- The European Central Bank left policy unchanged at a meeting on Thursday as expected, but provided the clearest hint yet of fresh easing at its next meeting in December.
- "The door for December action is wide open."
AMSTERDAM: Italian bonds recovered on Thursday as markets stabilized after lockdowns in France and Germany hit risk assets a day earlier and as the ECB hinted at providing additional stimulus in December.
The European Central Bank left policy unchanged at a meeting on Thursday as expected, but provided the clearest hint yet of fresh easing at its next meeting in December.
The ECB warned that the pandemic posed risks to economic growth and it would reassess whether more support is needed at its Dec. 10 meeting, when new projections become available.
"The ECB's press statement points to the December meeting, which will have a new round of macroeconomic projections and will enable the ECB to 'recalibrate its instruments, as appropriate, to respond to the unfolding situation...'," said Carsten Brzeski, global head of macro at ING.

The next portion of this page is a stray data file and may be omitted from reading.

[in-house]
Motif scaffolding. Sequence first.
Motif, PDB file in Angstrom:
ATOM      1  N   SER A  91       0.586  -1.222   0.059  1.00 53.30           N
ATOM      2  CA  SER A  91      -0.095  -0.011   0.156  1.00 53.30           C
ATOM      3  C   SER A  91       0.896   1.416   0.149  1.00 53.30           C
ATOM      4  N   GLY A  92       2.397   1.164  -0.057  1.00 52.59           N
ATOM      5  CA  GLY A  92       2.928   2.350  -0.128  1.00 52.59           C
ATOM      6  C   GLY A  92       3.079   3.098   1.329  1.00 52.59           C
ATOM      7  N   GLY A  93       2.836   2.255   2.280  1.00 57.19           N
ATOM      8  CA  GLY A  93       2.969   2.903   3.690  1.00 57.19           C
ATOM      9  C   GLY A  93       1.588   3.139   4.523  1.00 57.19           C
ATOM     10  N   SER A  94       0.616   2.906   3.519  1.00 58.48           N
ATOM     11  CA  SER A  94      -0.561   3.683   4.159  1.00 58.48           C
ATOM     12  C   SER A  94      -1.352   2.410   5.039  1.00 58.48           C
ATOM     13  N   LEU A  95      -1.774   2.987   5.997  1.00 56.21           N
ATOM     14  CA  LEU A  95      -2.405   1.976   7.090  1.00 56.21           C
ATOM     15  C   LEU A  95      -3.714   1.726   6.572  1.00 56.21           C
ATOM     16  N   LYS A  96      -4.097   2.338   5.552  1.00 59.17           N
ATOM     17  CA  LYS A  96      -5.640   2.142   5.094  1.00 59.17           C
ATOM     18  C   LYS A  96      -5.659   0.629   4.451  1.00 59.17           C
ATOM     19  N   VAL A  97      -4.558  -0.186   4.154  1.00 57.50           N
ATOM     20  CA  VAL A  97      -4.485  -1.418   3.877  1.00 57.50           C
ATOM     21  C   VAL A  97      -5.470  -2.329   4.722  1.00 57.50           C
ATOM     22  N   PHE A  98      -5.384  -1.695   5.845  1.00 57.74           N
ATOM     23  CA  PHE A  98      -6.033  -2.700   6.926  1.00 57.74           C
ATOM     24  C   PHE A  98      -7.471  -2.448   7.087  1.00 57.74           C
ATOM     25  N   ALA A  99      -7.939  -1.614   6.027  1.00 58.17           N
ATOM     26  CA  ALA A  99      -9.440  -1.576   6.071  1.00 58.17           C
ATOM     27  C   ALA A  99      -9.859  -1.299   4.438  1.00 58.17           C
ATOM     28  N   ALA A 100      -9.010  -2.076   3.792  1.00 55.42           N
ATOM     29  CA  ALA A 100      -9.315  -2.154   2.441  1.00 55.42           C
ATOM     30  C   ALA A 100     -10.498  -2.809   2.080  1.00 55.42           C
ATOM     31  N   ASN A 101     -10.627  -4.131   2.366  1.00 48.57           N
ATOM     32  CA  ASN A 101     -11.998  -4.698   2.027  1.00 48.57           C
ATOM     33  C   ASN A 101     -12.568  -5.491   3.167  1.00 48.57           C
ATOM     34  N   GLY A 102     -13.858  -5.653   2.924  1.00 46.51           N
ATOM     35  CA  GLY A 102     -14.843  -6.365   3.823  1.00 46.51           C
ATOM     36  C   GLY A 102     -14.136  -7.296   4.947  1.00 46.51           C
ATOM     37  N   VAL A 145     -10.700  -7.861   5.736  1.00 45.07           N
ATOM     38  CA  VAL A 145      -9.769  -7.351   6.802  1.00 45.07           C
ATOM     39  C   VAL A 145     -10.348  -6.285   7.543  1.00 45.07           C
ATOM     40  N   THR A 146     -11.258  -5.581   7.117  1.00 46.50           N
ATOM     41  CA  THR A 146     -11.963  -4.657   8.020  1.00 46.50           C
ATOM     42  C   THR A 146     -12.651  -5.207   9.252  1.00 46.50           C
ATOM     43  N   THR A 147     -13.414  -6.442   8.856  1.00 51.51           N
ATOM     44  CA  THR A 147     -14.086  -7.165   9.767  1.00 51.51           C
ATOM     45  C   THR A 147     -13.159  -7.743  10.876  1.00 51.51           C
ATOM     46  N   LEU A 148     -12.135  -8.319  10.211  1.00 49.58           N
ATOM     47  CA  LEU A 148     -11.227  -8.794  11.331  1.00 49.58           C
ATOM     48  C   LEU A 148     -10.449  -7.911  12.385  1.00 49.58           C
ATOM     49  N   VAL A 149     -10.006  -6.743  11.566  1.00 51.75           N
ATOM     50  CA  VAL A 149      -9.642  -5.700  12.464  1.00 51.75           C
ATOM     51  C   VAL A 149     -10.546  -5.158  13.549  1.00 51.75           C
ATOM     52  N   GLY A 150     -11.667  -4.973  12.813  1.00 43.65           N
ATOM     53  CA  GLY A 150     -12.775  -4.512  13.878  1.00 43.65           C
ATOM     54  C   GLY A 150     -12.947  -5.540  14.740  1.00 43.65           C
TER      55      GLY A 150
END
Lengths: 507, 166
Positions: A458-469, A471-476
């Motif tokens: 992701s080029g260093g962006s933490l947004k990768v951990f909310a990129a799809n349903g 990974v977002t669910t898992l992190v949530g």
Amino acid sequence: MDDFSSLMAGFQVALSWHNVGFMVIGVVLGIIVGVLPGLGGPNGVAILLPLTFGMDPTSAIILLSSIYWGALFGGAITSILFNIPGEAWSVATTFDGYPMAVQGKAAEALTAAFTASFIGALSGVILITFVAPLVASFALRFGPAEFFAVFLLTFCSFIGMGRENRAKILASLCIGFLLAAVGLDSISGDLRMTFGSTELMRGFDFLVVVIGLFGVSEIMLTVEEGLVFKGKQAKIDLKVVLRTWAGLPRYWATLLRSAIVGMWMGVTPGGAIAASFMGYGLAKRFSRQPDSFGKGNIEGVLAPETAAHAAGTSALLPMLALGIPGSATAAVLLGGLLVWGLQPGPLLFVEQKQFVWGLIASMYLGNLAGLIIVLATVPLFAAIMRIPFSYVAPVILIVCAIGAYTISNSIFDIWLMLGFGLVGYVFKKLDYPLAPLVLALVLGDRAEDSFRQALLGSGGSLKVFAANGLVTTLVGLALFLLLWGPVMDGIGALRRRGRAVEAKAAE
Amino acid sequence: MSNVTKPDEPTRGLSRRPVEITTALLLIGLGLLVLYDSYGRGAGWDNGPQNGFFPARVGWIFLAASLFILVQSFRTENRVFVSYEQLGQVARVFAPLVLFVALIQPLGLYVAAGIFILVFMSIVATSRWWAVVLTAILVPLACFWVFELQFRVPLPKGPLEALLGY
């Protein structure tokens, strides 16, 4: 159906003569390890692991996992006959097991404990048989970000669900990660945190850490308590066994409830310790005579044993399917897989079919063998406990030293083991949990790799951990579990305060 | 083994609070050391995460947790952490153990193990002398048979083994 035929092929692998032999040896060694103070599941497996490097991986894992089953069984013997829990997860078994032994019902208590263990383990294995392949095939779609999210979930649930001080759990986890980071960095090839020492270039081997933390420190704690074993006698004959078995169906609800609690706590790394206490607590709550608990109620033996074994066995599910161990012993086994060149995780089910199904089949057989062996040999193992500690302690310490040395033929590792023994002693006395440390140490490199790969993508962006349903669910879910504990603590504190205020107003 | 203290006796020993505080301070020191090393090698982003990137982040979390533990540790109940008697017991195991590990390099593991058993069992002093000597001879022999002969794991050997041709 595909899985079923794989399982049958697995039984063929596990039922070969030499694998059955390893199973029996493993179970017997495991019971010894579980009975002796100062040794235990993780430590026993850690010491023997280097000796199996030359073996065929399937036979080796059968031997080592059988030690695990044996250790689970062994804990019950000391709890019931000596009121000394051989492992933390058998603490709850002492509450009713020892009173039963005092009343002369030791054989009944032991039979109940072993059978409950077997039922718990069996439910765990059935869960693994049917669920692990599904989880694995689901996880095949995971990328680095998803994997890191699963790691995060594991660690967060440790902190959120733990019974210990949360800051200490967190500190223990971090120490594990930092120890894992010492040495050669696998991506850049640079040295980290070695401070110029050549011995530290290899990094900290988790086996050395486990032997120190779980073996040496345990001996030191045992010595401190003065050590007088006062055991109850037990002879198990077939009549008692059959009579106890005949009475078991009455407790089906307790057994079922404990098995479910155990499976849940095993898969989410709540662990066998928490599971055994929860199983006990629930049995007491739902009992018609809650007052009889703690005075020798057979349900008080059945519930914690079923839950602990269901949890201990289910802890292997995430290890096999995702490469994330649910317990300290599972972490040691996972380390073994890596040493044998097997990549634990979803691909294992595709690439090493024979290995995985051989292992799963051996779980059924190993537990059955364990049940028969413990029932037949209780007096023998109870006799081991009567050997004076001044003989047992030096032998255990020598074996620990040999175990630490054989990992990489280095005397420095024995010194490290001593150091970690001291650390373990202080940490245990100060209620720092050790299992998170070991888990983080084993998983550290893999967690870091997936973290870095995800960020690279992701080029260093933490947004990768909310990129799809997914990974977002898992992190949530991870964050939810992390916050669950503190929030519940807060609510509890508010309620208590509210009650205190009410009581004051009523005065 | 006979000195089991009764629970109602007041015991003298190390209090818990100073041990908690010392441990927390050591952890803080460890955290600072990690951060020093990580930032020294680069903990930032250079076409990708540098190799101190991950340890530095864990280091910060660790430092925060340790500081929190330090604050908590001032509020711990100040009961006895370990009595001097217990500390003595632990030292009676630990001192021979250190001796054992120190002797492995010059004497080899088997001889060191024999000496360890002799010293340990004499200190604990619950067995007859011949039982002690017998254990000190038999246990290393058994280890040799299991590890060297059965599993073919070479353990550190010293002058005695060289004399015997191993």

"The door for December action is wide open."
After a hefty sell-off on Wednesday, when new lockdown announcements in France and Germany hit risk assets, Italian bonds recovered following a 6.5 billion euro ($7.68 billion) bond auction and yields extended their fall following the ECB's decision.
They were last down 4 basis points on the day to 0.72% .
The spread between Italian and German 10-year bond yields - effectively the risk premium on Italian debt - tightened to 135 basis points after hitting its widest in a month in earlier trade at around 140 basis points.
Germany's 10-year yield was down 1 basis point on the day at -0.64%, still near its lowest since March at -0.646%, which it reached on Wednesday.
Greek bonds, rated junk and only eligible for ECB emergency bond buying, also recovered, with the 10-year yield down 1 basis points to 1.03% after rising to its highest in nearly a month at 1.084% in early trade..
At the ECB's press conference at 1330 GMT, investors will closely watch President Christine Lagarde's comments for further clues that the bank is likely to expand its pandemic emergency bond-buying programme, which most investors expect in December.
The lockdowns announced in recent days and their impact on riskier assets mean expectations for some kind of pre-commitment from the ECB have risen in recent days, according to Piet Christiansen, chief analyst at Danske Bank.
The risk is markets will be disappointed, Christiansen said, since the ECB is likely to continue watching incoming data and its Governing Council is divided between hawkish and dovish policymakers.